The ETF industry ended 2019 with record assets as investors funneled billions of dollars into ETFs to ride the record-setting broad market rally.
Global investors finished 2019 by funneling $93.5 billion into exchange traded products in December, bringing global net ETF inflows to $570.5 billion last year, or up 10.6% year-over-year, the Financial Times reports.
“New cash business for ETF providers globally over the past decade has now exceeded $3.7tn and the industry’s worldwide assets ended 2019 at a record $6.3tn,” Deborah Fuhr, co-founder of ETFGI, told the Financial Times.
Leading the charge in the ETF industry, BlackRock and Vanguard have been engaging in an aggressive price war on fees that has helped attracted billions in new inflows and forced industry rivals to overhaul their businesses just to keep up.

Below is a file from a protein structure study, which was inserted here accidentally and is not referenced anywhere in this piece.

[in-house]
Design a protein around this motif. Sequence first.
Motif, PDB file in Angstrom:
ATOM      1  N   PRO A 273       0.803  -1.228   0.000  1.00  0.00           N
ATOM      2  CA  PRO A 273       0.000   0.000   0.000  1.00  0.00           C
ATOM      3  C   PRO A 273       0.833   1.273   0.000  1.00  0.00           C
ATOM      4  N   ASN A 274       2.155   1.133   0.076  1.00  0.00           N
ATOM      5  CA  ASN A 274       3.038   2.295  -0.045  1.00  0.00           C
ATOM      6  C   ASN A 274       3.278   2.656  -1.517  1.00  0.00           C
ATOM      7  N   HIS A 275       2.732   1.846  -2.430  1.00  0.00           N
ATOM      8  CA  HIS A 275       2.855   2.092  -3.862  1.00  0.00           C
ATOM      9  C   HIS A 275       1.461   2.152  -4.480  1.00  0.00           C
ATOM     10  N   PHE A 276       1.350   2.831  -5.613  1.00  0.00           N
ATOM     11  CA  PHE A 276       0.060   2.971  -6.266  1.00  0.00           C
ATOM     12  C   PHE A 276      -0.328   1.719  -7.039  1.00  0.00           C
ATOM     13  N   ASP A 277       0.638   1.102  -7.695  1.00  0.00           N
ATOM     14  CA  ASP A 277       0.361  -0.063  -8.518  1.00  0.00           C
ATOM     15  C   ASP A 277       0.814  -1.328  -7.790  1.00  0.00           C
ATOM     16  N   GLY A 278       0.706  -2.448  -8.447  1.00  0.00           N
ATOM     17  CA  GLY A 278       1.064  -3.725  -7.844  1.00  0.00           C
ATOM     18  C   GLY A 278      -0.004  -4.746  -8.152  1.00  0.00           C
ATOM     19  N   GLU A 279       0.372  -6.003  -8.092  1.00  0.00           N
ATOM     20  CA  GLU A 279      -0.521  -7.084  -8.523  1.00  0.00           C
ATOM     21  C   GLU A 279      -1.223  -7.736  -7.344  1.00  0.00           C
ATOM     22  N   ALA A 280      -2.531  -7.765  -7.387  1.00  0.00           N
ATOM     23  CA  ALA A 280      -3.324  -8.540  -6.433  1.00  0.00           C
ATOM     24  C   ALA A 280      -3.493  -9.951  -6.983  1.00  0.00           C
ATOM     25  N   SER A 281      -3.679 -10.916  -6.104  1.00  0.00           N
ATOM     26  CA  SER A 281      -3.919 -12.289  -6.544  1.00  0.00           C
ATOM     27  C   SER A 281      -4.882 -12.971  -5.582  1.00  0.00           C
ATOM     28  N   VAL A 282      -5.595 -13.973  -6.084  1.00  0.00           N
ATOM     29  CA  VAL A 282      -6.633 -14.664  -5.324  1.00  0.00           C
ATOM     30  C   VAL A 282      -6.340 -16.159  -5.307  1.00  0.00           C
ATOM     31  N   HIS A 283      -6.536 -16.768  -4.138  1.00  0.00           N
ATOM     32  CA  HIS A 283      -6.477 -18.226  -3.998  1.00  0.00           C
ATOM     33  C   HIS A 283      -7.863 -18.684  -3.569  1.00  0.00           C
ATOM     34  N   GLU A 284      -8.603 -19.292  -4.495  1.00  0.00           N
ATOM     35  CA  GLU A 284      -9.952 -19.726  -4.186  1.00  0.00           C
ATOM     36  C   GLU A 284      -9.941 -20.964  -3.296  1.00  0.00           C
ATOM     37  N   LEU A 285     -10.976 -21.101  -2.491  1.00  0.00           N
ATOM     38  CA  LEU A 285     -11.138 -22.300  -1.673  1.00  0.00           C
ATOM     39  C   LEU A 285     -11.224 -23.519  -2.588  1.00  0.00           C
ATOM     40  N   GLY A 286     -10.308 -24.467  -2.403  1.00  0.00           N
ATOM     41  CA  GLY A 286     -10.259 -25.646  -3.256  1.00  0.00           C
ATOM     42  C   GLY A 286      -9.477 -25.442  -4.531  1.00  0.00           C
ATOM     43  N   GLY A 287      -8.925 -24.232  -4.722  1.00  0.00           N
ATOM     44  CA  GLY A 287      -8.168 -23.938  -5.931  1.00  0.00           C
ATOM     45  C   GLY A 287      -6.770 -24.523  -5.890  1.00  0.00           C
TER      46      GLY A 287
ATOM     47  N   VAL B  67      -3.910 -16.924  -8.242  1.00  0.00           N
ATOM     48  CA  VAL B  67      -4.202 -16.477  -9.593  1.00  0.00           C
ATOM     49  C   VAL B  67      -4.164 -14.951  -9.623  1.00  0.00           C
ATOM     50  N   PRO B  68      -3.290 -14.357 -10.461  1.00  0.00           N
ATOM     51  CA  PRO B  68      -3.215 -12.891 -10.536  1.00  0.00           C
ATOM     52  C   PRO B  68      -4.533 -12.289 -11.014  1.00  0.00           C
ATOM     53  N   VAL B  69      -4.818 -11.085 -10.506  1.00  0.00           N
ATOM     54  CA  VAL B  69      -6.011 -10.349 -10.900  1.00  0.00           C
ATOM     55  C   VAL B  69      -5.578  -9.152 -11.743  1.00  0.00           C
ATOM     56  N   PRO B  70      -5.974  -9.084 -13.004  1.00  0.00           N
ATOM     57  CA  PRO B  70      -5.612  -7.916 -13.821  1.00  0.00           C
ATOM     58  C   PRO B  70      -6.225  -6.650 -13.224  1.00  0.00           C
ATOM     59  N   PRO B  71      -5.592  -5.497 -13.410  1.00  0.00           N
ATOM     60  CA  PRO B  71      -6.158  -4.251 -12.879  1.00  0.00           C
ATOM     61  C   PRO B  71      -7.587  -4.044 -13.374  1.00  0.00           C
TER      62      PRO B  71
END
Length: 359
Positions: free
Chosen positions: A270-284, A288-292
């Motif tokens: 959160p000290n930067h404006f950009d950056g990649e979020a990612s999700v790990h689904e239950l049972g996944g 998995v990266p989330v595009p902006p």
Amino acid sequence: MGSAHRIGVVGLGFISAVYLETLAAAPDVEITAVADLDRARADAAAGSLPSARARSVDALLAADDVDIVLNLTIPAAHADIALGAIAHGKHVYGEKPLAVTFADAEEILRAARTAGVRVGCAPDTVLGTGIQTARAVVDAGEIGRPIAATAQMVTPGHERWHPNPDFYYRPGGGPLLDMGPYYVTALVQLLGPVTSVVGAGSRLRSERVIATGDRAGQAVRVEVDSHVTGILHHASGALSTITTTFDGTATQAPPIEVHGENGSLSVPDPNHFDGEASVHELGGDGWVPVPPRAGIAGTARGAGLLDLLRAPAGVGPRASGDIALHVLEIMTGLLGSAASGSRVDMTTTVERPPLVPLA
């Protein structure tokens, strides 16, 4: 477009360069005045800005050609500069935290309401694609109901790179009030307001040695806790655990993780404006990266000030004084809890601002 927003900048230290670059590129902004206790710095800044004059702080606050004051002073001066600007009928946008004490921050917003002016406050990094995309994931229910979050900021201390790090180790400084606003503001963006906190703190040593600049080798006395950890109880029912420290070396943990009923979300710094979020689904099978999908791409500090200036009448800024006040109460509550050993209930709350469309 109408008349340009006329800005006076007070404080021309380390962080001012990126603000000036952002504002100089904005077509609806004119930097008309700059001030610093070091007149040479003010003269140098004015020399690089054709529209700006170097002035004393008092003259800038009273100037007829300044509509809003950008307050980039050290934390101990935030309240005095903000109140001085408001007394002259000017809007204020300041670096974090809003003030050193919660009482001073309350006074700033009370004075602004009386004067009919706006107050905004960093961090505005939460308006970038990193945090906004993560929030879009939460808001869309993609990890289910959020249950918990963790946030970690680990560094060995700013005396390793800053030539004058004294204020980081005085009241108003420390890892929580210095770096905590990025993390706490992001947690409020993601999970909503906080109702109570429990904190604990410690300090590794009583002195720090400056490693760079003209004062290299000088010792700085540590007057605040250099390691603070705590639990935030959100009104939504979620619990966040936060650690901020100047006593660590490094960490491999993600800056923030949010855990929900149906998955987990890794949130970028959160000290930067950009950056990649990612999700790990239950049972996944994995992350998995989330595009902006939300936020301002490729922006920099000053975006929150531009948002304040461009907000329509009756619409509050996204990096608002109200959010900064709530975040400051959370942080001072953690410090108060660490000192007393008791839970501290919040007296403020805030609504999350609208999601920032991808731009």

The ETF industry has enjoyed steady growth as more investors became disillusioned with underperforming and often costly active fund strategies. Consequently, more have turned to cheap index-based funds like broad market ETFs that try to mirror major benchmarks. These plain vanilla, passive index strategies are also cheap to maintain, which has been transferred over to lower fees, and the ETF industry has been engaging in an aggressive fee war that has helped drive expense ratios closer and closer to zero.
In 2019, new business for BlackRock’s iShares ETF arm increased 8.2% to $180.2 billion while net ETF inflows for Vanguard, which has recently cut the fees on a handful of its products, surged 28% to $118.8 billion. State Street, the third-largest provider by assets under management, also added net ETF inflows of $31.2 billion last year.
There are now 2,356 U.S.-listed exchange traded products from 147 fund sponsors with $4.5 trillion in assets under management, according to ETFdb data. Investors threw a net $56 billion into U.S.-listed ETFs in December.
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